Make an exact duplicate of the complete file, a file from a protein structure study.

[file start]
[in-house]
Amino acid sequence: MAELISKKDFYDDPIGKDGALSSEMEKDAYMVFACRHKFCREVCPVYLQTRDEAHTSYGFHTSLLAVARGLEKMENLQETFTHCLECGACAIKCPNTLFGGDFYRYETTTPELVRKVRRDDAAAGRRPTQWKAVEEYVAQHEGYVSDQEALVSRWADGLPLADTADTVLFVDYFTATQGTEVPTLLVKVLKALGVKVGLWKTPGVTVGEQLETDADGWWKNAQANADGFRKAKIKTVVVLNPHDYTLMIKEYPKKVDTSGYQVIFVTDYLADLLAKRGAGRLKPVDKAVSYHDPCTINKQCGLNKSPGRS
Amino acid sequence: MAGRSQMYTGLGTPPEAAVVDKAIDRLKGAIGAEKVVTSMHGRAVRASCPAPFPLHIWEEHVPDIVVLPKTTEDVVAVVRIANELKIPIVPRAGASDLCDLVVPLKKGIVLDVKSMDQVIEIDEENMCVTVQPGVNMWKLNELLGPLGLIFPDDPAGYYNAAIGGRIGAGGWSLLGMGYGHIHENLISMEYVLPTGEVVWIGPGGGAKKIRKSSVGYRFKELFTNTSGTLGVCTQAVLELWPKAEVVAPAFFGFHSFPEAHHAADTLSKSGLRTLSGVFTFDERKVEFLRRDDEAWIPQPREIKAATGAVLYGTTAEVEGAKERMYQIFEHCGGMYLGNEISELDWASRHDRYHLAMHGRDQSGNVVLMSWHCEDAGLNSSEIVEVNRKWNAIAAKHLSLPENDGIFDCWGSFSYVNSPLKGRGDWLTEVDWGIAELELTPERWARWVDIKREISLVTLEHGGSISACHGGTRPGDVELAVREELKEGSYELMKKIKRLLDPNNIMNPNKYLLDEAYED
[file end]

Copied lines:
[in-house]
Amino acid sequence: MAELISKKDFYDDPIGKDGALSSEMEKDAYMVFACRHKFCREVCPVYLQTRDEAHTSYGFHTSLLAVARGLEKMENLQETFTHCLECGACAIKCPNTLFGGDFYRYETTTPELVRKVRRDDAAAGRRPTQWKAVEEYVAQHEGYVSDQEALVSRWADGLPLADTADTVLFVDYFTATQGTEVPTLLVKVLKALGVKVGLWKTPGVTVGEQLETDADGWWKNAQANADGFRKAKIKTVVVLNPHDYTLMIKEYPKKVDTSGYQVIFVTDYLADLLAKRGAGRLKPVDKAVSYHDPCTINKQCGLNKSPGRS
Amino acid sequence: MAGRSQMYTGLGTPPEAAVVDKAIDRLKGAIGAEKVVTSMHGRAVRASCPAPFPLHIWEEHVPDIVVLPKTTEDVVAVVRIANELKIPIVPRAGASDLCDLVVPLKKGIVLDVKSMDQVIEIDEENMCVTVQPGVNMWKLNELLGPLGLIFPDDPAGYYNAAIGGRIGAGGWSLLGMGYGHIHENLISMEYVLPTGEVVWIGPGGGAKKIRKSSVGYRFKELFTNTSGTLGVCTQAVLELWPKAEVVAPAFFGFHSFPEAHHAADTLSKSGLRTLSGVFTFDERKVEFLRRDDEAWIPQPREIKAATGAVLYGTTAEVEGAKERMYQIFEHCGGMYLGNEISELDWASRHDRYHLAMHGRDQSGNVVLMSWHCEDAGLNSSEIVEVNRKWNAIAAKHLSLPENDGIFDCWGSFSYVNSPLKGRGDWLTEVDWGIAELELTPERWARWVDIKREISLVTLEHGGSISACHGGTRPGDVELAVREELKEGSYELMKKIKRLLDPNNIMNPNKYLLDEAYED